The damage from Hurricane Sandy exceeds what most New York City and the surrounding areas could have ever imagined. I was living in New York City last year when the Big Apple battened down the hatches and evacuated low-lying areas for Irene. Irene, though devastating areas of Vermont and elsewhere with flooding, left NYC with a few trees down, but largely unscathed.
Sandy has been a different story altogether. The New York Times reported the week after the storm that “more than six million customers lost power Monday as Hurricane Sandy felled trees, downed power lines and flooded substations. The storm led to power failures in at least 17 states, including more than a million customers in Pennsylvania and New Jersey and about 660,000 in New York City. Roughly a quarter million customers lost power in Manhattan after water surging up from the East River submerged some electrical equipment in metal sheds, darkening most of the island south of 34th Street. Con Edison officials called the power failures “the largest storm related outage in our history.” In another update that week, New York Gov. Andrew M. Cuomo said that about 2 million families in the region were still without power, nearly half of them on Long Island.
Much of New York City was without power for days or longer. With so many people out of power and little certainty about when electricity would be fully restored, many people found themselves facing unprecedented situations. Shops were closed, transportation systems weren’t functioning, and getting gas for cars throughout the region was a major ordeal.
People also struggled to find power to charge cell phones, computers, and other electronic devices. As highlighted by this NPR Morning Edition story, for the device-dependent, the most frightening thing about a blackout is having to unplug: no e-mail, no texts, no social media, no access to breaking news. Stories emerged from Manhattan of people walking 30 blocks then lining up at the Central Post Office to charge their phone on one of the few functioning outlets. The “Charge-pocalypse” for many in the region was very real.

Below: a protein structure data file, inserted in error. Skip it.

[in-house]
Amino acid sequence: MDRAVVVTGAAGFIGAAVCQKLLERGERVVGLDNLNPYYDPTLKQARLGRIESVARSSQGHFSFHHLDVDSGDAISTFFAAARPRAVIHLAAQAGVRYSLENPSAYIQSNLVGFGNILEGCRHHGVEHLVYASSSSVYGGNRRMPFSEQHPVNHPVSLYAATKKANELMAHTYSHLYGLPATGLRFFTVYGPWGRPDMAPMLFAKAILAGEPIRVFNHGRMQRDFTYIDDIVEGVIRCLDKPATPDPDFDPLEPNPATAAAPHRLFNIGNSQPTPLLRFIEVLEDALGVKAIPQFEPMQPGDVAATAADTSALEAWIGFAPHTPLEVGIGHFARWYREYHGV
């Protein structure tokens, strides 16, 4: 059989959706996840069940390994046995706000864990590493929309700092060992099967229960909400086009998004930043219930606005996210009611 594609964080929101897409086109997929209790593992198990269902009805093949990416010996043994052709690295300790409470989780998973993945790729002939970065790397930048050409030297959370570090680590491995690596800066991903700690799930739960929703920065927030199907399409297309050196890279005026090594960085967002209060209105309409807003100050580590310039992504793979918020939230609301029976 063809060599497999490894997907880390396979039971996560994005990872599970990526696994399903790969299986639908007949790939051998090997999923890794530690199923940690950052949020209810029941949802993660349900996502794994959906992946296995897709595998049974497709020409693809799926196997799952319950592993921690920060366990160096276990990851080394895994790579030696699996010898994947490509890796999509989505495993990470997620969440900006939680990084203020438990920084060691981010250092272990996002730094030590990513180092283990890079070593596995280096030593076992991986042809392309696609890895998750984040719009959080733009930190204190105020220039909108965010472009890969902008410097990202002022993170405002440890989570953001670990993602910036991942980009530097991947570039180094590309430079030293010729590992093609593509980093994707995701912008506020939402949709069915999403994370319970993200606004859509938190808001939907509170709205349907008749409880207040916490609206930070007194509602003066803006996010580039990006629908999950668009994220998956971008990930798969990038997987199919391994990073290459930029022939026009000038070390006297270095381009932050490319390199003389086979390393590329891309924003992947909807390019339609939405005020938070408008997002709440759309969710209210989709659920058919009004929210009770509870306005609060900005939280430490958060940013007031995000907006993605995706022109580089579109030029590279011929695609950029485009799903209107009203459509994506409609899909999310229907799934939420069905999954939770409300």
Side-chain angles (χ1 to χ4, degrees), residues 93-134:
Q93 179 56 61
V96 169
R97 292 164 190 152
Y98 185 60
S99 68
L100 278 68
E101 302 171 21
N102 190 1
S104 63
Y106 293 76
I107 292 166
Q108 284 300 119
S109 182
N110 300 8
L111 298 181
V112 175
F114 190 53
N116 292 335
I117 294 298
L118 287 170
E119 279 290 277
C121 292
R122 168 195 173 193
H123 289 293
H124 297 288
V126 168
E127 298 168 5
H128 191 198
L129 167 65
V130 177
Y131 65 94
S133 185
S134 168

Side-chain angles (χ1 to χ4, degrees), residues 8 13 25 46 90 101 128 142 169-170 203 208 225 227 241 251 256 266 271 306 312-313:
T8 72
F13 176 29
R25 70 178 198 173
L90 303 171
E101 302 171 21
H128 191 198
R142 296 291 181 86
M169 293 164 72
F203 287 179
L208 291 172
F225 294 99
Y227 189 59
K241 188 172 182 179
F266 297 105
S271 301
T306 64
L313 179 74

This crisis on the East Coast points to an important issue we must address as extreme weather events increase in frequency. How can we prepare our communities to better prepare for electricity outages when they occur?
Distributed generation and renewable back-up power could act as our first line of defense in the event of major power outages. My former program, the NYC Solar America City Partnership, partnered with the NYC Economic Development Corporation to conduct a study, Integration of Solar Energy in Emergency Planning, a few years back about the role solar energy could play in the emergency planning in the city. Some of the applications that they identified as feasible in the city include portable solar backup generation, direct power for communications, and portable lighting.
For mass outages that last days or even longer, back-up fossil fuel generators are a temporary and unreliable backup solution. In the case of the NYU hospital the night of Sandy, both of their backup generators either flooded or failed, leaving them without power and forcing the evacuation of hundreds of patients to surrounding hospitals. During prolonged outages when transportation infrastructure has also been seriously jeopardized, reserves of fuel will also quickly be depleted and difficult or impossible to refill.
Solar and other renewables could help to bring in power to keep cell phones charged and logistic centers online. Cell phones are now an individual’s life line, the primary means to communicate what is happening on the ground and also to let loved ones know they are alright or in need of help. Within 24 hours of not having electricity, the majority of cell phones, especially smart phones, would be dead leaving those worst hit by disasters the least able to communicate.
Portable solar charging stations would be an ideal solution for individuals and community emergency response teams to stay online during prolonged periods of power outage. Large roof-mounted solar installations could be installed with battery back-ups so they are able to provide power even when the grid goes down. These technologies are mature and not prohibitively expensive when compared to the costs of responding to disasters without any source of back-up power. They could and should be deployed today.
Given the events of the past week, we need to take another look at renewables and clean technologies to create more resilient cities and communities. These are basic steps that must be taken to prepare for the next century of extreme weather events brought-on by climate change.